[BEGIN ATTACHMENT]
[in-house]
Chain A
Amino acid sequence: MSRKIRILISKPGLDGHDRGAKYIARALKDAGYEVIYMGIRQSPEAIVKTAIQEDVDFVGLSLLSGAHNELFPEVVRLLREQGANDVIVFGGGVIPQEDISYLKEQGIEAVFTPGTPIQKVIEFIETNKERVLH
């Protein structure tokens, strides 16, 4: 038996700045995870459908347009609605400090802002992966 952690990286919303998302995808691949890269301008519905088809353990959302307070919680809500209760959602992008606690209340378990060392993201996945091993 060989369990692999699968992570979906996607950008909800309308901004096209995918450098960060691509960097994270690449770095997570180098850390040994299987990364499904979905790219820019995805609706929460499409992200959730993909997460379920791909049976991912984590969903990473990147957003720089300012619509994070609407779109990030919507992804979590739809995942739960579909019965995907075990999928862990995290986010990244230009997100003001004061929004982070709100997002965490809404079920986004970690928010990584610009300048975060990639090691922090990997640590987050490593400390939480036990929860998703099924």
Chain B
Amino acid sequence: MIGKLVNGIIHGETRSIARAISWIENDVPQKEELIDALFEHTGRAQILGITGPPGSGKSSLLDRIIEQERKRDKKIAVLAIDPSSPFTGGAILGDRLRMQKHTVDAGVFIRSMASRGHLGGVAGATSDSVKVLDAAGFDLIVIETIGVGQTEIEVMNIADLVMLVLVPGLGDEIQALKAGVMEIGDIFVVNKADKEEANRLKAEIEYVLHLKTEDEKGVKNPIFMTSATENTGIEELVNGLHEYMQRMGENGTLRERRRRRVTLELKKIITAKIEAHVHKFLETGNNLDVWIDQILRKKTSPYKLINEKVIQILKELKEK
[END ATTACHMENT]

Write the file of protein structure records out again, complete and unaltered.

[in-house]
Chain A
Amino acid sequence: MSRKIRILISKPGLDGHDRGAKYIARALKDAGYEVIYMGIRQSPEAIVKTAIQEDVDFVGLSLLSGAHNELFPEVVRLLREQGANDVIVFGGGVIPQEDISYLKEQGIEAVFTPGTPIQKVIEFIETNKERVLH
């Protein structure tokens, strides 16, 4: 038996700045995870459908347009609605400090802002992966 952690990286919303998302995808691949890269301008519905088809353990959302307070919680809500209760959602992008606690209340378990060392993201996945091993 060989369990692999699968992570979906996607950008909800309308901004096209995918450098960060691509960097994270690449770095997570180098850390040994299987990364499904979905790219820019995805609706929460499409992200959730993909997460379920791909049976991912984590969903990473990147957003720089300012619509994070609407779109990030919507992804979590739809995942739960579909019965995907075990999928862990995290986010990244230009997100003001004061929004982070709100997002965490809404079920986004970690928010990584610009300048975060990639090691922090990997640590987050490593400390939480036990929860998703099924």
Chain B
Amino acid sequence: MIGKLVNGIIHGETRSIARAISWIENDVPQKEELIDALFEHTGRAQILGITGPPGSGKSSLLDRIIEQERKRDKKIAVLAIDPSSPFTGGAILGDRLRMQKHTVDAGVFIRSMASRGHLGGVAGATSDSVKVLDAAGFDLIVIETIGVGQTEIEVMNIADLVMLVLVPGLGDEIQALKAGVMEIGDIFVVNKADKEEANRLKAEIEYVLHLKTEDEKGVKNPIFMTSATENTGIEELVNGLHEYMQRMGENGTLRERRRRRVTLELKKIITAKIEAHVHKFLETGNNLDVWIDQILRKKTSPYKLINEKVIQILKELKEK